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Anticipating Jesus

Michael McNichols, director of Fuller California Coast, looks at the significance of the Advent season--and its timing--even though we "already know how things will play out."

Lumpkin - Concrete

Photo by Matt Lumpkin (MDiv ’11)

Advent is typically characterized as the season of anticipation. In our gospel narratives we join with the ancient witnesses and share their hope that this child born among us is truly the long-awaited Messiah of God. Of course, we know ahead of time how the story goes, so our sense of anticipation is fulfilled rather quickly. It’s a bit like reading the beginning of a novel after you’ve cheated and read the last chapter ahead of time. You already know how things will play out.

There is still an element of anticipation in this season that is important to us. Knowing that Jesus is truly the One who is the Word made flesh, the Word that has come to dwell among us, we look ahead to another season of life that might be different than what has come before. Sure, we consider how we might do things in a new way, set new goals, get rid of some bad habits, and generally orient our lives in more successful directions. But for us who follow Jesus, anticipation is grounded in what he will do in and through us if we are open to the journey that comes with his presence.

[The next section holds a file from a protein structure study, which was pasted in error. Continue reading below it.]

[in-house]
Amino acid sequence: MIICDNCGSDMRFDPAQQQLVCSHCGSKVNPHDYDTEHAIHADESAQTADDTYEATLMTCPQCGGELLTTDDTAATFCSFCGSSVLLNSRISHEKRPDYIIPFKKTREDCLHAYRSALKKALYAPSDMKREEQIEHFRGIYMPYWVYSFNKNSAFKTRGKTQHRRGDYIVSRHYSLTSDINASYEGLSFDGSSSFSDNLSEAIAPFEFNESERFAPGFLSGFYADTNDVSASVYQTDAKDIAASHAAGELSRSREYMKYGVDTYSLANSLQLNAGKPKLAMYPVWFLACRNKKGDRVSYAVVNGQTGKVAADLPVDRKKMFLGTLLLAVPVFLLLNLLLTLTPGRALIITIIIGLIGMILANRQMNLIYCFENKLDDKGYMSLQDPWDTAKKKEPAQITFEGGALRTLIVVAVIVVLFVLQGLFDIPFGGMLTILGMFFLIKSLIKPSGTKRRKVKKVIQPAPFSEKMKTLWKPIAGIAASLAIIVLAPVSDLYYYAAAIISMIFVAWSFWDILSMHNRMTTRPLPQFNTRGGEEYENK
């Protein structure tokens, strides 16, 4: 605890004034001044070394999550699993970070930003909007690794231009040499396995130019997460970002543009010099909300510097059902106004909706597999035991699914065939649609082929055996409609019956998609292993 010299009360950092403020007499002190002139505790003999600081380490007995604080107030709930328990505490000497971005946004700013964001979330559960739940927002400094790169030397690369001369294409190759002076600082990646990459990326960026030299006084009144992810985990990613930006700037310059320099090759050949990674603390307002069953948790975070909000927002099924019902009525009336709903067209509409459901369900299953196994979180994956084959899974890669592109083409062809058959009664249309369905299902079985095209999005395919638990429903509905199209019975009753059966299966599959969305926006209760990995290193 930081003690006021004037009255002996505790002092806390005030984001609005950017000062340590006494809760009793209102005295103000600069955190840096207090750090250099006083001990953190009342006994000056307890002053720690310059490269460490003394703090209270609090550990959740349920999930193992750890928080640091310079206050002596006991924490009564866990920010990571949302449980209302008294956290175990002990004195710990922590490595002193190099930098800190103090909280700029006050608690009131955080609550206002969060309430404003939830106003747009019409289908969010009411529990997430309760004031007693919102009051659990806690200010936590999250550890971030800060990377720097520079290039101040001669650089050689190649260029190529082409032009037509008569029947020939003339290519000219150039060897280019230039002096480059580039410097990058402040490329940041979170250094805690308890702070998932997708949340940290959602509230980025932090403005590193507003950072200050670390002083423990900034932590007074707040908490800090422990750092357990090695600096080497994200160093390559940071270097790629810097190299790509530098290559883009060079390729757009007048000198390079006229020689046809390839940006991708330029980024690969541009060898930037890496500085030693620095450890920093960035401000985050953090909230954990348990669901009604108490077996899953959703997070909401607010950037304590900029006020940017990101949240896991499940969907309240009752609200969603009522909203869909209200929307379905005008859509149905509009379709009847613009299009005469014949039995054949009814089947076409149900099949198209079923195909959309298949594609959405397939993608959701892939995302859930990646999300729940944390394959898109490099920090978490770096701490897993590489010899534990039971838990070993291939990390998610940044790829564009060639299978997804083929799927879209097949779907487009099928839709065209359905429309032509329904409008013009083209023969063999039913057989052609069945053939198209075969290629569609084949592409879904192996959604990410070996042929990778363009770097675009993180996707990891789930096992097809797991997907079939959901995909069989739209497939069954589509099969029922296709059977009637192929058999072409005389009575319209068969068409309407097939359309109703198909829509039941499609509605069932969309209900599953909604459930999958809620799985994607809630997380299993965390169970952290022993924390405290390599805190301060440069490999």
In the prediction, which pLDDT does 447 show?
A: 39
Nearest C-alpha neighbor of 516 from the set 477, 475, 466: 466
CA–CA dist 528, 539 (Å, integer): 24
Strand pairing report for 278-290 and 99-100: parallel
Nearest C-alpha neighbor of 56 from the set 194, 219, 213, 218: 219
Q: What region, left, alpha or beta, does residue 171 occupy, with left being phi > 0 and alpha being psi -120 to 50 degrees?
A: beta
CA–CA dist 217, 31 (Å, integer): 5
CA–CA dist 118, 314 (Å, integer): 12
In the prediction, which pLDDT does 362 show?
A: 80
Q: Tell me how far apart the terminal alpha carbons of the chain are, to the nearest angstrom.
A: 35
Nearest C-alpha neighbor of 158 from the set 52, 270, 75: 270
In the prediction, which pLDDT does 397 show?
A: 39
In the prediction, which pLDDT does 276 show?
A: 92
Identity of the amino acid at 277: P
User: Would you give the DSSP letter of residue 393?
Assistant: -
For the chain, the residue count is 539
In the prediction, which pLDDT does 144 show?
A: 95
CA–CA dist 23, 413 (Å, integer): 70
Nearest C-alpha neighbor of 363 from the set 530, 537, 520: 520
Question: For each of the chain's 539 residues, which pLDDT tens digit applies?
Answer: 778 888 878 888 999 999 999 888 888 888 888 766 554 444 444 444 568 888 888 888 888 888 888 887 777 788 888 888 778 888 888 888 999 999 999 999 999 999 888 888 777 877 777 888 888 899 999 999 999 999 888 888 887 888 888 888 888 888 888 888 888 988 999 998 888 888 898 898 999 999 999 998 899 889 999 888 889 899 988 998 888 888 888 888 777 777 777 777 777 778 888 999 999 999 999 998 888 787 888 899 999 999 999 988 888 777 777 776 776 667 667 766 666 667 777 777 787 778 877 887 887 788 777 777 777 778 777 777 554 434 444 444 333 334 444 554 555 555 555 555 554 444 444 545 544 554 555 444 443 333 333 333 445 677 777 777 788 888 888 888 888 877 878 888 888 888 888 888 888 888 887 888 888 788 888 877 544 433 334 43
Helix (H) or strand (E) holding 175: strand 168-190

I like it that the calendar of the church kicks off ahead of the conventional calendar that divides our lives into 12 fairly predictable months. There is something significant in orienting our lives around the life of Jesus before the demands of Janus (the Roman god whose name gives us the month of January) take hold of our lives. Janus will surely have his way as we join the rest of the world in another race through the year, but Jesus precedes the rush and invites you and me into a shared life that not only rehearses and remembers the story of the ages, but to one that also anticipates the living reality of Jesus’ ongoing ministry in the world

In this Advent season, may the presence of Jesus, who brings us God’s grace and truth, precede all that will come afterward and bless us with the anticipation that he will, indeed, bring new things to us as we follow him.

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